7 hours ago


    HBO
    Can the Games of Thrones team pull off a Chinese sci-fi saga?

    Netflix has announced it's recruited two of the masterminds behind Games of Thrones to adapt bestselling Chinese sci-fi novel The Three-Body Problem.

    Writers David Benioff and DB Weiss will work on the series with True Blood writer Alexander Woo.

    The news has drawn mixed reactions with some fans doubting a US adaptation of the Chinese story will work.

    The book is the first instalment of the trilogy Remembrance of Earth's Past by writer Liu Cixin.

    First published in 2008, the books were soon translated into English and have received both critical acclaim and a global readership, counting former US President Barack Obama and Facebook chief Mark Zuckerberg among their fans.

    The plot of the saga spans from China's Cultural Revolution to events several thousand years in the future.

    "Liu Cixin's trilogy is the most ambitious science-fiction series we've read, taking readers on a journey from the 1960s until the end of time, from life on our pale blue dot to the distant fringes of the universe," Netflix cites writers and executive producers Benioff and Weiss as saying.

    "We look forward to spending the next years of our lives bringing this to life for audiences around the world."

    The pair signed an exclusive deal with Netflix in 2019.


    GETTY IMAGES
    Benioff and Weiss brought the Game of Thrones books to the small screen
    The streaming company has not released any information on the release date nor other details about the series.

    Fears over 'western stereotypes' of China
    By Zhijie Shao, BBC News Chinese

    Before Liu Cixin and his "Three-Body" series, Chinese science-fiction was not prominent, even among Chinese audience. The country has a history of suppressing its development, which used to be seen by the government as "a western view of the future of mankind".

    Liu's work captured the imagination of Chinese fans in both scientific and philosophical terms without avoiding some controversial parts of Chinese history and society, bringing an innovative sense of modern China to the world stage. And he did it without being a dissident.

    A whole new generation of Chinese sci-fi authors and fans have emerged after Liu's success.

    On the Chinese internet, Three-Body fandom continues to go strong. A group of fans even made an experimental adaptation in Minecraft style,

    But when it comes to a proper film adaption, many fans doubt that China's sci-fi film industry is sophisticated enough to handle the grand ideas presented in Liu's books.

    A case in point: the first attempt of a film adaptation of "Three-Body" was announced in 2015 and reportedly finished filming in only a few months. It was never released.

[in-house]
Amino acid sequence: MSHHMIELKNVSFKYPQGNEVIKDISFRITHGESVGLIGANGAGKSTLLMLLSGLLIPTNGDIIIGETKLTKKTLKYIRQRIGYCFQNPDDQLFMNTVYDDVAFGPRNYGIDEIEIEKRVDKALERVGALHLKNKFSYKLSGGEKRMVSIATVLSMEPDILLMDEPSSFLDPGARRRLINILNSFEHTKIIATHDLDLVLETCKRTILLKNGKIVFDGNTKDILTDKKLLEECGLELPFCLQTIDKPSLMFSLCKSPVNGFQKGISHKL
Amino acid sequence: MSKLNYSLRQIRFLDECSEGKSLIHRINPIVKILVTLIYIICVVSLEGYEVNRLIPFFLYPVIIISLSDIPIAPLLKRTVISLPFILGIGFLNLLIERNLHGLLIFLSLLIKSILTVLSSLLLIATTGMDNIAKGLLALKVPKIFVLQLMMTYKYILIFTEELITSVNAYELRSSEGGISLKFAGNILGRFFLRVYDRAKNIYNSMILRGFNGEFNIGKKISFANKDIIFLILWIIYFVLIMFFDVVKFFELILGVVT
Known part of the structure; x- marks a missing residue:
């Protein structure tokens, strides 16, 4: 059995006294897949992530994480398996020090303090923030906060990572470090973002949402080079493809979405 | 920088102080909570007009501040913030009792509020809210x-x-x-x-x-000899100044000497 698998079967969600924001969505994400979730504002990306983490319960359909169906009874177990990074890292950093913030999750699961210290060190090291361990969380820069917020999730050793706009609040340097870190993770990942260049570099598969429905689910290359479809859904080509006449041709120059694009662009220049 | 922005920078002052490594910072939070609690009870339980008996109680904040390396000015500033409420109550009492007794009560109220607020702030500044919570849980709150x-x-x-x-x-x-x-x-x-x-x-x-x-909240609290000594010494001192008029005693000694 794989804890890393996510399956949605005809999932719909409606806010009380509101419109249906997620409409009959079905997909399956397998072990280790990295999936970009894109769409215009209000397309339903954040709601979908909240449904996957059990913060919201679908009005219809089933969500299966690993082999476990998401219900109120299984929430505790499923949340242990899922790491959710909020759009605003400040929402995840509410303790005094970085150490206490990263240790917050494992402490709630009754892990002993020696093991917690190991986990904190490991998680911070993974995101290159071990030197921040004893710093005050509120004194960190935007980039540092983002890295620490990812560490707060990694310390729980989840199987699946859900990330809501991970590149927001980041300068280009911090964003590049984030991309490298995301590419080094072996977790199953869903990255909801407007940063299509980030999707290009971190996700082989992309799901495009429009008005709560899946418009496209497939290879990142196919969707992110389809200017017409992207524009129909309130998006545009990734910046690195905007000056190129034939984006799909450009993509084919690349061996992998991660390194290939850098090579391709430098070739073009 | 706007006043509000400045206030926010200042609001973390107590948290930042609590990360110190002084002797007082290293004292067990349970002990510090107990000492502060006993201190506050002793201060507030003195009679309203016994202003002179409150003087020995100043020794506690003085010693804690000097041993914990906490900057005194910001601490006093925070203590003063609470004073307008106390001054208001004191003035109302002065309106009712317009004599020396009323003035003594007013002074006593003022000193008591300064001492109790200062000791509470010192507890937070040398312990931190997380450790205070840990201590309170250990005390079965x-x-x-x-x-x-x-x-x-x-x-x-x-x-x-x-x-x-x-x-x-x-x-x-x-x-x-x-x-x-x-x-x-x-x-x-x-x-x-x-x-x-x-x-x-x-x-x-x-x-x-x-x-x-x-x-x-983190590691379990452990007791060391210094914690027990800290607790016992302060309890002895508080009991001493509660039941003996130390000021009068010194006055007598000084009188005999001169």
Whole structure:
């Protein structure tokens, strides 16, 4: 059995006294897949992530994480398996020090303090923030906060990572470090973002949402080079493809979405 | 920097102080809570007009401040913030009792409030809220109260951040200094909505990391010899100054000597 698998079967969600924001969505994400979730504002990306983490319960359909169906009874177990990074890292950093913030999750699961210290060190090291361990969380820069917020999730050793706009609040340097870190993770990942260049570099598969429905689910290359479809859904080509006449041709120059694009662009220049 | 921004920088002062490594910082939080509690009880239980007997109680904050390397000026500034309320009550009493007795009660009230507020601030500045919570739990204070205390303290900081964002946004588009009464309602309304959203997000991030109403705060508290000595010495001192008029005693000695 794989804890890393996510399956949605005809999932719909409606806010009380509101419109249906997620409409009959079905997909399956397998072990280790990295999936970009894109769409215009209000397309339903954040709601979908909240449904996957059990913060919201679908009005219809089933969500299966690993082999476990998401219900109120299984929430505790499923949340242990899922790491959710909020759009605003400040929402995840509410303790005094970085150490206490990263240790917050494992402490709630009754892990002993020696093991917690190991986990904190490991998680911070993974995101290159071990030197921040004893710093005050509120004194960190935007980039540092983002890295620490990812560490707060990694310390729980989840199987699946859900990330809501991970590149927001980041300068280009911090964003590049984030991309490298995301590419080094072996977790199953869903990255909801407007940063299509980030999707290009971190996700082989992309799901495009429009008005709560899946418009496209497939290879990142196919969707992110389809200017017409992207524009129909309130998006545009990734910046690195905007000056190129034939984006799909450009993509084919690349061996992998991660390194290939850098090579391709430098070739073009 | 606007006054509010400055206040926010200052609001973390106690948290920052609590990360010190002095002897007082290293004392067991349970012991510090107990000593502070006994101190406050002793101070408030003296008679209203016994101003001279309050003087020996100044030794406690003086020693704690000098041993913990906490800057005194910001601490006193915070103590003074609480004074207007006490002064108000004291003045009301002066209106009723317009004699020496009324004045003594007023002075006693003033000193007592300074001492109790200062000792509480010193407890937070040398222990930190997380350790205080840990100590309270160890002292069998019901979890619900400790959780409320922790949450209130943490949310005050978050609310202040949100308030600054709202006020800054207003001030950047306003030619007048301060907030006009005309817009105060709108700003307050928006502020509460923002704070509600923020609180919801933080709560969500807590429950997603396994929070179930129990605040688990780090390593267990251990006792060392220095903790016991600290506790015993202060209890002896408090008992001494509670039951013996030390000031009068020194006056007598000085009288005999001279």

Now with Netflix and a team of western writers involved, fans are instead worried that the Chinese characters and historical events in the story might fall into "western stereotypes".

    Either way, they're worried they could never enjoy it as much as they have the books.

    Liu Cixin, the Chinese author of the novels, will be involved in the project as a consulting producer.

    "I have the greatest respect for and faith in the creative team adapting The Three-Body Problem for television audiences," he said in a Netflix statement.

    "It is a great honor as an author to see this unique sci-fi concept travel and gain fandom across the globe and I am excited for new and existing fans all over the world to discover the story on Netflix."

    The movie adaption of The Wandering Earth, another Cixin novel, in 2019 became one of China's highest-grossing films of all time.


    NETFLIX
    Liu Cixin's trilogy has become an international bestseller

    The Netflix announcement was welcomed by some fans hoping the producers will create a series as successful as Game of Thrones while others were doubting it was the right team.

    Many Chinese netizens were pointing out that they did not think that US producers could do justice to the novels.

    Others though said Netflix will be free of any censorship constraints while a Chinese adaptation would be limited in how it could portray events around the Cultural Revolution for instance.

    Chinese streaming platform Tencent earlier this year announced its own adaptation of the novel after having already launched a comic book adaptation last year.
    thread
    3 body problem
    wandering earth
    got
    Gene Ching
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  3. #3
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    Uighur problem

    The U.S. detained Uighurs in Guantanamo for over a decade.

    Netflix faces call to rethink Liu Cixin adaptation after his Uighur comments
    Five US senators have written to question plans to adapt The Three-Body Problem after its author voiced support for China’s mass internments in Xinjiang

    Alison Flood

    Fri 25 Sep 2020 08.12 EDTLast modified on Sat 26 Sep 2020 23.37 EDT